52 MEDICAL JURISPRUDENCE
family with supernumerary digits in which, the deformity skips two generations to
reappear in orife member of the third and in five of the fourth.58
Acquired deformities, such as malunited and ununited fractures of the
bones of extremities, are the results of previous injuries.
The body of Livingstone, the great African traveller, was recognised by the un-
united oblique fracture of the humerus exactly in the region of the attachment of the
deltoid to the bone.
A scar or a cicatrix is a fibrous tissue covered by epithelium formed as
a result of the healing process of a wound or injury in which there has been
a breach of continuity of substance. It has no hair follicles or sweat-glands,
but it is slightly vascular owing to the presence of a few capillaries.
Character of Scars.—A scar generally assumes the shape of the wound
causing it. A scar resulting from an incised wound which has healed by
first intention, is usually linear and straight. If it has healed by the forma-
tion of granulation tissue, the resulting scar will then be wider and thicker
in the centre than at the periphery. But a scar following an incised wound
in the axilla or upon the genitals may be irregular on account of the loose
folds of the skin. Such a scar may also be smaller than the original wound.
Broad and irregular scars are caused by lacerated wounds. Large
irregular scars accompanied very often by keloid patches are the results of
extensive burns and scalds. Scars resulting from bullet wounds are gene-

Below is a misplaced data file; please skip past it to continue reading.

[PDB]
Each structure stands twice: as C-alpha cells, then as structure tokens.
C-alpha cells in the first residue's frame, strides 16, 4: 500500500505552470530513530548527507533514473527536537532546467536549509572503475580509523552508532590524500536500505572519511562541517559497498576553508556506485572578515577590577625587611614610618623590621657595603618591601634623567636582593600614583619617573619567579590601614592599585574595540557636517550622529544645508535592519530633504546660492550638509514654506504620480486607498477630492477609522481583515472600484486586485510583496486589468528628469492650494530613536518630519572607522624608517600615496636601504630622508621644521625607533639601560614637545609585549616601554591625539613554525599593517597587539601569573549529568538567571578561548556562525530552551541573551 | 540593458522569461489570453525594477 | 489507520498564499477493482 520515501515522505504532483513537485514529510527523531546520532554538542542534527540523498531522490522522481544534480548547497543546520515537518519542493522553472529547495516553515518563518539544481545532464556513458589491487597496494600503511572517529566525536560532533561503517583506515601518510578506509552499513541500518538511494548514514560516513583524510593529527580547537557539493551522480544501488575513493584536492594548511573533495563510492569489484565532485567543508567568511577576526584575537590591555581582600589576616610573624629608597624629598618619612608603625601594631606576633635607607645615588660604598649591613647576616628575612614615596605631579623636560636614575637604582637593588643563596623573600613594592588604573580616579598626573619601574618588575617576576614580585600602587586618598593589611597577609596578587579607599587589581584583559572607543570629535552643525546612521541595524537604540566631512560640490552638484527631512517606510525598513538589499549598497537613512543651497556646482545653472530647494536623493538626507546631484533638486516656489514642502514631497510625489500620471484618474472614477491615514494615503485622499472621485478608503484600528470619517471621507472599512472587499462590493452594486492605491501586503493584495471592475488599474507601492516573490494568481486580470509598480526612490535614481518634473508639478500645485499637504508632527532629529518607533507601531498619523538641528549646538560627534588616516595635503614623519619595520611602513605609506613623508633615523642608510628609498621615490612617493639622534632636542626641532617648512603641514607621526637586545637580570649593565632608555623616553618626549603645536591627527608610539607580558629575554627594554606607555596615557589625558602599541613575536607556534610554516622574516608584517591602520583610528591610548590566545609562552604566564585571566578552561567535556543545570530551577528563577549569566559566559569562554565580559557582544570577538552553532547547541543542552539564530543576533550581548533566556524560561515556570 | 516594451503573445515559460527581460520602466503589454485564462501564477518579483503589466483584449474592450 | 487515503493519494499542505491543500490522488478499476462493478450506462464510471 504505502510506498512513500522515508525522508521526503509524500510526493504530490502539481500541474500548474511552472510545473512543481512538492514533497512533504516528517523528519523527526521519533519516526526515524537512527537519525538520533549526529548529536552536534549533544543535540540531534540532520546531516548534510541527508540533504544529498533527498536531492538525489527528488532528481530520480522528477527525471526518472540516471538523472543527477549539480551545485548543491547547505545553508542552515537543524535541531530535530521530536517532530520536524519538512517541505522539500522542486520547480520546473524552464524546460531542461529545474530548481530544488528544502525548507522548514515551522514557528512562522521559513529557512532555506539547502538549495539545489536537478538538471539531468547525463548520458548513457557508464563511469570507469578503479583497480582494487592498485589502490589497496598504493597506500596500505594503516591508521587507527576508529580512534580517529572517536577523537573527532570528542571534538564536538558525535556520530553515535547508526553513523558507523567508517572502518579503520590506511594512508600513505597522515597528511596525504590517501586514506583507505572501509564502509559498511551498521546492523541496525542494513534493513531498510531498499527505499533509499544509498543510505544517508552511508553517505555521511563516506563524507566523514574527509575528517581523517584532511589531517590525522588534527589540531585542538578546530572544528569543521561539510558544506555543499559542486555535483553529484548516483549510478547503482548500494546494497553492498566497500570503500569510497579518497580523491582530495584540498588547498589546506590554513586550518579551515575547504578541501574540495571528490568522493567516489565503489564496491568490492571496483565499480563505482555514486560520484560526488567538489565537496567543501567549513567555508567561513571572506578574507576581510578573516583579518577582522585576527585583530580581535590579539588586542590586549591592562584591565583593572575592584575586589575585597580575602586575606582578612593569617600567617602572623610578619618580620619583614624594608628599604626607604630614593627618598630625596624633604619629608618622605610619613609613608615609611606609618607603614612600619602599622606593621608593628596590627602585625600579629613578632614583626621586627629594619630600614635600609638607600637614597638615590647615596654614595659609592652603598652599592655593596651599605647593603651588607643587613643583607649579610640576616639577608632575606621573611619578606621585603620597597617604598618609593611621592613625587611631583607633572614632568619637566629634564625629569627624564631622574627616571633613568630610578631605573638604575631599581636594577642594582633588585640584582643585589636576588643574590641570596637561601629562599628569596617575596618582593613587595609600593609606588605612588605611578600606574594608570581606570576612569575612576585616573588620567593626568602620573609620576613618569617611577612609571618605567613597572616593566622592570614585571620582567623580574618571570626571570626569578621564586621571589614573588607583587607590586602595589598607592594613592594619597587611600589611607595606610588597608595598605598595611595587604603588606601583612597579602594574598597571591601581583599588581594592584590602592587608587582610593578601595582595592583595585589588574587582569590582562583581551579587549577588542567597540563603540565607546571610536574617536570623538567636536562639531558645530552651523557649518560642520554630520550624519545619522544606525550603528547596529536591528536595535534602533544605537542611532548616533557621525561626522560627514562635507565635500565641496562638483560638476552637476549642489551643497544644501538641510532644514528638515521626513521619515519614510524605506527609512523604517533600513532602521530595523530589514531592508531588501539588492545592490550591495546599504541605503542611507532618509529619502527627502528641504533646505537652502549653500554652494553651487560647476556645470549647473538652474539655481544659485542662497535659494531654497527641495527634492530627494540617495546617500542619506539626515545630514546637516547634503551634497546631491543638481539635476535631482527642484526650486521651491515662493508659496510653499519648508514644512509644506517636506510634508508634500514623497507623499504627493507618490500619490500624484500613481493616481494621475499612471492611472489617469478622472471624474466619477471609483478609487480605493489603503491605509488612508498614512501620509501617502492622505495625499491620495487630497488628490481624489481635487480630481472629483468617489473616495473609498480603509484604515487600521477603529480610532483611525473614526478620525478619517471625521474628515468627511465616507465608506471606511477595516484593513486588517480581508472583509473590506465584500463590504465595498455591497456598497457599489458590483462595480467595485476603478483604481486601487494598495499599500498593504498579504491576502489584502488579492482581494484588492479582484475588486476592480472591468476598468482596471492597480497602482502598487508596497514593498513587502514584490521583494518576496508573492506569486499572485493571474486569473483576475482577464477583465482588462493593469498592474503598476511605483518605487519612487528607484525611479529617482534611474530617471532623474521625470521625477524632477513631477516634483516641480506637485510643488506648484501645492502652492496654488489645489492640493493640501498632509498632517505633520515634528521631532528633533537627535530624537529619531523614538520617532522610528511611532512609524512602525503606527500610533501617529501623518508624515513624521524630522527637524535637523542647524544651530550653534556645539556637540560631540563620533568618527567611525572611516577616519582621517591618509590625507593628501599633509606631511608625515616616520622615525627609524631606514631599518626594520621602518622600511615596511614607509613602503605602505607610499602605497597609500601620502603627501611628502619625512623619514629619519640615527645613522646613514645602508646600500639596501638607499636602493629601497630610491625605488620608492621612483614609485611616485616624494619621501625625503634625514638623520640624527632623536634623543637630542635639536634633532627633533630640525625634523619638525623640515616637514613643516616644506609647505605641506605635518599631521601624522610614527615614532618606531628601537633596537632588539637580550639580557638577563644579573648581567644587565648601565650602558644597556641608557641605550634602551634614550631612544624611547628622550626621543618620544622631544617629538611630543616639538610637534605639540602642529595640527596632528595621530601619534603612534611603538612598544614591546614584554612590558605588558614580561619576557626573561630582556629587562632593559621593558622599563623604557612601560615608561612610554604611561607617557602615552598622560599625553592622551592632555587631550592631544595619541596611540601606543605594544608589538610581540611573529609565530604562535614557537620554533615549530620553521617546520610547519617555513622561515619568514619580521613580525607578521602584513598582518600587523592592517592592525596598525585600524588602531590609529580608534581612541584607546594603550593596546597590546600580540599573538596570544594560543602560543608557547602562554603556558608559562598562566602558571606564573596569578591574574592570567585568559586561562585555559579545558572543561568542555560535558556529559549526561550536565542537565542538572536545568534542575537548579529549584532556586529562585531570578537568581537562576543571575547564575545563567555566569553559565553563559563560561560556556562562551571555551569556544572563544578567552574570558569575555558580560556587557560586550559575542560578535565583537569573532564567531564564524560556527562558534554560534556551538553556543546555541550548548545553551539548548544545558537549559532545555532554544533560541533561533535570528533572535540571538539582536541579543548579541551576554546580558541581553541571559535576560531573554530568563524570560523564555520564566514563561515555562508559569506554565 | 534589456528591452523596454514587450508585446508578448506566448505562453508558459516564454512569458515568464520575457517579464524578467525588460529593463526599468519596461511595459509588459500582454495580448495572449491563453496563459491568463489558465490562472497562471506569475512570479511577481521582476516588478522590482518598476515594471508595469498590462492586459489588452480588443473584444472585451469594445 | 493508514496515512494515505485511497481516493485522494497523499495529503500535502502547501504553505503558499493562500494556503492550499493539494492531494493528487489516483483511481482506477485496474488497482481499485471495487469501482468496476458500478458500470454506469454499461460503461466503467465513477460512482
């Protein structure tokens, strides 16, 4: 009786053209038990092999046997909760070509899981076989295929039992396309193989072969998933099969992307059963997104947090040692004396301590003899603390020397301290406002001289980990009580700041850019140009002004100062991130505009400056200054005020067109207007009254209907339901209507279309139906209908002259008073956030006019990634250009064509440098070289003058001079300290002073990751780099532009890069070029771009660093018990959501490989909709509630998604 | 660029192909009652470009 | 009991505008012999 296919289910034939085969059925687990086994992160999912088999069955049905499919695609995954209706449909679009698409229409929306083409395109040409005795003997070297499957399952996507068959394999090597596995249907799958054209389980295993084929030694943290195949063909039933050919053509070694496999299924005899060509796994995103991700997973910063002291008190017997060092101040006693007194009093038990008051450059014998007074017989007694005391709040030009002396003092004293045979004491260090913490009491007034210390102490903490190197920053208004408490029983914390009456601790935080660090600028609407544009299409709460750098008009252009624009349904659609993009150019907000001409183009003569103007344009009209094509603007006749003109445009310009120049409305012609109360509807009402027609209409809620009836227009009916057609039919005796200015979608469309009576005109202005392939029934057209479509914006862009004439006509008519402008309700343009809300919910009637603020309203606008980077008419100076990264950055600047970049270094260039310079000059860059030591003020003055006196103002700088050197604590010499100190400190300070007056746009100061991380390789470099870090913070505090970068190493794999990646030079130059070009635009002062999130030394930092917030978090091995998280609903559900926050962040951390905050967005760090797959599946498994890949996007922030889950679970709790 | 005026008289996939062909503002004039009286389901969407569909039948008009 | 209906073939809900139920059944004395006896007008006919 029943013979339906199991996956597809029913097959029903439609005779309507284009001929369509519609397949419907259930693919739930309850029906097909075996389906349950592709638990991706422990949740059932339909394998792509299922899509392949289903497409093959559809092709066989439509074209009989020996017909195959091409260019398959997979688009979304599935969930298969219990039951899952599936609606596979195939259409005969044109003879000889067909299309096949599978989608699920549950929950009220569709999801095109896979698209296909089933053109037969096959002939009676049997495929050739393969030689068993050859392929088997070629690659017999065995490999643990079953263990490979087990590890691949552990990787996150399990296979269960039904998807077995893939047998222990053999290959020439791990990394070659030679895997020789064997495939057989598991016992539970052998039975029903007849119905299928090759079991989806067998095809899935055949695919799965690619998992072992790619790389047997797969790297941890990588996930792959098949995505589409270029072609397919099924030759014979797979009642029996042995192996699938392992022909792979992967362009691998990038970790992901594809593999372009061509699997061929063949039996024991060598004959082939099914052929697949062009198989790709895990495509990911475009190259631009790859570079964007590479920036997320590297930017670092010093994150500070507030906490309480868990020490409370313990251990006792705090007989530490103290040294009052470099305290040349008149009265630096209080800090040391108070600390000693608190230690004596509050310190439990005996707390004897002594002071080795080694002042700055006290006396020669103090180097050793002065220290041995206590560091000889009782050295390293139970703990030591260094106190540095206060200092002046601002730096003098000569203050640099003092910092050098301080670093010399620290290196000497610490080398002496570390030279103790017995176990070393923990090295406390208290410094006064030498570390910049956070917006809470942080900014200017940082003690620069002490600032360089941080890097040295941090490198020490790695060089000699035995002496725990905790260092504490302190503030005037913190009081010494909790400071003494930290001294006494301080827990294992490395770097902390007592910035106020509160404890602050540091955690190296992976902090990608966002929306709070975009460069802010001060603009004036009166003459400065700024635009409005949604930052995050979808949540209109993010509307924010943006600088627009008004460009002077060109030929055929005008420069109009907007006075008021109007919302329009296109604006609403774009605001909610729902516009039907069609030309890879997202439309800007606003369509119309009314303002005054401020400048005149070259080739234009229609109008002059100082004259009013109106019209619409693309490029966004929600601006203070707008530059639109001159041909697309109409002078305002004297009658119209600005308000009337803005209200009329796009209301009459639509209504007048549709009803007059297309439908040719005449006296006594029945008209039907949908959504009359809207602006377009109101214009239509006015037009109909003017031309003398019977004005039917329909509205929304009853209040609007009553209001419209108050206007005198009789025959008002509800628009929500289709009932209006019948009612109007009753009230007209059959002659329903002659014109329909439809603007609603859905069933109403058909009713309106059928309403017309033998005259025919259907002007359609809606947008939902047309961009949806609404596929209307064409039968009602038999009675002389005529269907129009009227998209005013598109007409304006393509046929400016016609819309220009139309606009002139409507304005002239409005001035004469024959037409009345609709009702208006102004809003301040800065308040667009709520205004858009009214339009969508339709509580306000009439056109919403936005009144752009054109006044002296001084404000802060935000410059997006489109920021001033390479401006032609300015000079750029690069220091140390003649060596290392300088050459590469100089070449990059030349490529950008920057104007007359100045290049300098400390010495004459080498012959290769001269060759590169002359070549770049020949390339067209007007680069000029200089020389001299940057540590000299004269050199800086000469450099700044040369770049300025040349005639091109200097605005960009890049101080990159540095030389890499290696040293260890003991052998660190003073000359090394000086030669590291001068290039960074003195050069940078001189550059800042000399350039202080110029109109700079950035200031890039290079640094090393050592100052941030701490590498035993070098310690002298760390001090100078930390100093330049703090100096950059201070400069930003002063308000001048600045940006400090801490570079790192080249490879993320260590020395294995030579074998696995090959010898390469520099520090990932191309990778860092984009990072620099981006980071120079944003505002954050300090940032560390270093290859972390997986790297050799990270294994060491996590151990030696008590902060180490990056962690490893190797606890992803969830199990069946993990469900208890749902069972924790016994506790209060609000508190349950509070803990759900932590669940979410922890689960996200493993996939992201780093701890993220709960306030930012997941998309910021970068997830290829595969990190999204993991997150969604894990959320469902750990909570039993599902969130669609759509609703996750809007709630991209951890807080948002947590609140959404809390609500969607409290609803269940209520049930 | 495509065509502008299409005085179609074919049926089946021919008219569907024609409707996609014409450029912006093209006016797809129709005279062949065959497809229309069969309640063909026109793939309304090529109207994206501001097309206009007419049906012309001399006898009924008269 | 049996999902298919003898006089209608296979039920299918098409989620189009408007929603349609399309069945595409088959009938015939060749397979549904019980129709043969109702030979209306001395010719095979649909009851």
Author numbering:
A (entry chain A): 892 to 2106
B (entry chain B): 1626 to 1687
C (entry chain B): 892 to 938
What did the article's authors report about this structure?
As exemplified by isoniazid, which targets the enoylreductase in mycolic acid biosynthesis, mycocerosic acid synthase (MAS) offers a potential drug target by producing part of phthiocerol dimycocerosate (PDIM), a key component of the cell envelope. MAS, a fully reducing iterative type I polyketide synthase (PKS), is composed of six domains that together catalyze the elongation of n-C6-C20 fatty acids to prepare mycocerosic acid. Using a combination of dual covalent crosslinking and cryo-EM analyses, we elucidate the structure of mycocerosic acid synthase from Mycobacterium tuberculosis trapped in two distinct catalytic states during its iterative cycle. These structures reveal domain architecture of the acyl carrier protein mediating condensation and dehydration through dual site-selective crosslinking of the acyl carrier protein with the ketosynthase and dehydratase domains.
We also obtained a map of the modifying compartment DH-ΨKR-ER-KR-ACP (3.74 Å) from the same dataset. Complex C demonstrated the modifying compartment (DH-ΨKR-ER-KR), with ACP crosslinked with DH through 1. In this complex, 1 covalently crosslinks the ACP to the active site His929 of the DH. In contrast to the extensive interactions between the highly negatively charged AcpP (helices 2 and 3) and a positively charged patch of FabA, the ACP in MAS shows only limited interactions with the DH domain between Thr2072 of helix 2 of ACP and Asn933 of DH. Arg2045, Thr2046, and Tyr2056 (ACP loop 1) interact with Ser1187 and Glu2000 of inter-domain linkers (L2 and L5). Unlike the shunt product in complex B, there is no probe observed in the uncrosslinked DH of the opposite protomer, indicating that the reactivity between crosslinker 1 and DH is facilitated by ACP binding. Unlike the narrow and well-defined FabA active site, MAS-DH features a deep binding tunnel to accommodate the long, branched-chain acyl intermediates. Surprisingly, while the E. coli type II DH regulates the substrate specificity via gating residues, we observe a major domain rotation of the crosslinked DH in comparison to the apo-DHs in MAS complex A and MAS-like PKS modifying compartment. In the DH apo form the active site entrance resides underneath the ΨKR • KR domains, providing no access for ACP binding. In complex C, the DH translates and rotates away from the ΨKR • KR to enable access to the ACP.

rally irregular in shape and larger than the bullet, and are usually sur-
rounded by the grains of unburnt gunpowder, if the weapon was discharged
within a few inches of the body. While they are depressed, disc-
shaped, adherent in the centre and smaller than the bullet, if discharged from
a distance. The scar of the wound of entrance is, as a rule, smaller than
that of the wound of exit. Doubtful cases should always be examined by
X-Rays in order to determine the presence or absence of shots embedded
in the underlying tissues or of injuries to the underlying bones.
In January 1924, the District Magistrate of Gonda referred to me a case in which
one Bisheshwar Singh was suspected of having taken part in a dacoity that took place
three years ago, and was consequently injured in the thighs by the discharge of fire-
arms. On examination I found several rounded nodular and depressed scars on the
front of the thighs resulting probably from gun-shot wounds. Skiagrams that were taken
in the X-Ray Department of the King George's Hospital, Lucknow, showed several
shots embedded in the soft tissues of the thighs. The man was prosecuted and sentenced
to a term of imprisonment for the offence of committing dacoity.
Scars from wounds, produced by stabbing instruments are triangular in
shape, smaller in size than the Hade of the weapon, and are less depressed
than the scars of gunshot wounds.. Scars resulting from leech-bites' are
triradiate. Scars due to syphilitic and tuberculosis ulcers are irregular and
thick in parts, while those due to Vaccination and small-pox are pitted.
Appearance of Scars.—A scar appears in- four or five days when a wound
heals under a scab as in the case of a superficial cut on a finger or a shave-
cut on the chin or cheek. In the case of a clean aseptic wound which is
caused by a surgical operation, and heals by first intention, the scar usually
appears in a fortnight, while in a suppurating wound it appears from two
weeks to three months, or more.
Disappearance of Scars.—Scars resulting from wounds and skin diseases
which involve the whole thickness of the skin are always permanent, but
superficial linear scars involving only the epidermis or cuticle layer of the
skin may disappear in the course of a few years. It is not possible to remove
a scar successfully but its size and shape can be altered by an operative
58. Ibid., May 28, 1904, p. 1254.